Pemsel, Max, born on 15-01-1897 in Regensburg, Bavaria, entered the German Army during the First World War in April 1916 as a volunteer. He was assigned to the 11th Reserve Infantry Regiment of the Bavarian Army, with which he saw action at the Western front. On 30-04-1918 Pemsel was promoted to Leutnant. After the Armistice, Pemsel remained in the shrunken, 100.000 men, German Reichswehr. In 1935 Pemsel became a Staff Officer in the 1st Mountain Division , under General der Gebirgstruppe, Ludwig Kübler. During the Invasion of Poland, soldiers from the 1st Mountain Division assisted in the round-up of Jewish civilians from Przemyśl for forced labour. This event was documented in the divisional photographic album. Picture captions demonstrate strong anti-Semitism by the authors
On 06-07-1943 a unit from the division attacked the village of Borova in Albania. All of the village houses and buildings were completely burned or otherwise destroyed. 107 inhabitants were massacred including 5 entire families. The youngest victim was an infant of only 4 months, the oldest – a woman of 73. On 25-07-1943, soldiers from the division attacked the village of Mousiotitsa in Greece following the discovery of a cache of weapons nearby, killing 153 civilians. On 16-08-1943, the village of Kommeno was attacked at the order of Oberstleutnant Josef Salminger, the commander of GebirgsJäger Regiment 98 , a total of 317 civilians were killed. Salminger was killed by partisans, two months later, on 01-10-1943, age 40. Elements from the division took part in the murder of thousands of Italians from the 33 Acqui Infantry Division in September 1943 on the Greek island of Cefalonia following the Italian surrender. Soldiers from the division took part in the murder of 32 officers and an estimated 100 soldiers from the Italian 151st Perugia Infantry Division in Albania after the Italian surrender. Following the killing of Oberstleutnant Josef Salminger by Greek partisans, the commander of XXII Gebirgs-Armeekorps General der Gebirgstruppe Hubert Lanz issued an order of the day on 01-10-1943 calling for a “ruthless retaliatory action” in a 20 km area around the place were Salminger had been attacked. In the village of Lingiades 87 civilians were killed, a total of at least 200 civilians died. Lanz was sentenced to 12 years imprisonment, however, after only three years, on 03-02-1951, he was released and died free at the age of 86, on 15-08-1982, in Munich. During the World War II he fought in various theaters. In 1941 during the Invasion of Yugoslavia he was the Chief of Staff of the XVIII Gebirgskorps. By 1944 he had been promoted to Lieutenant-General and made Chief of Staff of the 7th under Waffen SS Obergruppenführer,Paul “Papa” Hausser Army, during which coordinated the first German response to Operation Overlord. In August 1944 Pemsel was transferred to Finland and given command of the 6th Mountain Division , a command he held until 19 April 1945, a former commander was Field Marshal der Gebirgstruppe, Kommandeur der XXXX Panzerkorps, Ferdinand Schörner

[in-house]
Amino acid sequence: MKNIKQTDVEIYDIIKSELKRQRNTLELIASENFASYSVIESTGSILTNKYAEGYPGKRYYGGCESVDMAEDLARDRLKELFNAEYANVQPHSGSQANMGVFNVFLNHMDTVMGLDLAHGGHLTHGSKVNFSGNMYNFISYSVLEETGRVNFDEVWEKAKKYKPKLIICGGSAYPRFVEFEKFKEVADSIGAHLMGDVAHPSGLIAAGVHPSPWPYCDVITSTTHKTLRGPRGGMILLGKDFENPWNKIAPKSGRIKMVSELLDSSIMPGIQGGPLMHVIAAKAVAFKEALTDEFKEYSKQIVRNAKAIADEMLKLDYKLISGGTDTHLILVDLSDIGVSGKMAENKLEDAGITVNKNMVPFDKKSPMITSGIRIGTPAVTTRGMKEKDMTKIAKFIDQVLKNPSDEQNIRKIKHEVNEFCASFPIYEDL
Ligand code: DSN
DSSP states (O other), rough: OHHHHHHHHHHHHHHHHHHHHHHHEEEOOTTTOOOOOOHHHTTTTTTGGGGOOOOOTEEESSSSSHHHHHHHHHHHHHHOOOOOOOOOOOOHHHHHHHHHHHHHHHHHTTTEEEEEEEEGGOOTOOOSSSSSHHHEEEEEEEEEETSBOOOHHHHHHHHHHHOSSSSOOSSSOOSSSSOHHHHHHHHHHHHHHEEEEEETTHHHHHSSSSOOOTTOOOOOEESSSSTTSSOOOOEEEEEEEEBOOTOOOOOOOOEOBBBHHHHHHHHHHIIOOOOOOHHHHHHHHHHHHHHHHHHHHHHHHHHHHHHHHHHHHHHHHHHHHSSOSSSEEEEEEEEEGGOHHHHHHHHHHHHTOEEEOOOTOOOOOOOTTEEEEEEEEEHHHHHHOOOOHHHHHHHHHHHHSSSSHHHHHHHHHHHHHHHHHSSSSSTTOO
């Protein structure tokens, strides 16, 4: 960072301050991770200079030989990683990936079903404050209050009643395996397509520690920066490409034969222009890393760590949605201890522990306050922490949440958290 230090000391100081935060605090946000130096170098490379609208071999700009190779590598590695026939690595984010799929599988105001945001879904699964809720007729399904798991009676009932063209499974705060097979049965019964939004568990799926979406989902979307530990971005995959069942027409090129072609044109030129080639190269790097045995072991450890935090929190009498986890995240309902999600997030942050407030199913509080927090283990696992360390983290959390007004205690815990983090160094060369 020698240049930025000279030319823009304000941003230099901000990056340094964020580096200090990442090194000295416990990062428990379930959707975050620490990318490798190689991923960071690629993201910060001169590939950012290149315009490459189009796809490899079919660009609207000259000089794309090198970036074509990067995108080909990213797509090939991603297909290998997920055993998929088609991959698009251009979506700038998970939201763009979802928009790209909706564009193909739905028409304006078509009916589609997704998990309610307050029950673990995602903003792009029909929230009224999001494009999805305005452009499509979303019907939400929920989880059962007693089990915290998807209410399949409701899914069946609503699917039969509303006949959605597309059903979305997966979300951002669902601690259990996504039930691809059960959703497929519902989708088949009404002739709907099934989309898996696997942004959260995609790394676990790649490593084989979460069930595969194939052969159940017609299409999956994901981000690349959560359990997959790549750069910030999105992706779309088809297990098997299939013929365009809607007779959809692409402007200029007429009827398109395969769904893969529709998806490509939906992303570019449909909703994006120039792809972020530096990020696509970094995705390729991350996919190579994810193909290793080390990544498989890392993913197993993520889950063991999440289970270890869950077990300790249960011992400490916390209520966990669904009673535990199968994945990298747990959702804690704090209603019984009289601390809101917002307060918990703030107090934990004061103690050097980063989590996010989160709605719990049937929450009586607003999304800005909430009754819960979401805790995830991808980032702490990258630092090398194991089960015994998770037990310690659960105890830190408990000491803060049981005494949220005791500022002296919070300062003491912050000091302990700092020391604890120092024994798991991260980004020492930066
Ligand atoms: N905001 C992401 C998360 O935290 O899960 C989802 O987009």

. On 09-12-1944 Pemsel was awarded the Knight’s Cross of the Iron Cross. Succeeded by Generalleutnant der Gebirgstruppe, Christian Philipp, Christian Philipp was captured in 1945 and was held until 1947. Philipp died age 70, on 16-10-1963, in Unterleinleiter. In April 1945 Pemsel was transferred to Italy, where he became Chief of Staff of the Ligurien Armee. He surrendered on 26-04-1945 and remained a prisoner of war until April 1948. On 26-04-1956 Pemsel entered the Bundeswehr in the rank of a Generalmajor and was given command of Wehrbereich VI (Munich). On 01-04-1957 he was promoted to Commanding General of the II Corps, stationed in Ulm. On 30-01-1958 he was promoted to Generalleutnant.
Death and burial ground of Pemsel, Max Josef Johann.
Pemsel retired on 30-09-1961 and lived in Munich where he died on 30-06-1985, at the very old age of 98, in Munich. Pemsel is buried on the Nordfriedhof of Munich, close by the graves of Putz victim, Andreas Bauriedl and Hitler’s personal photographer, Heinrich Hoffmann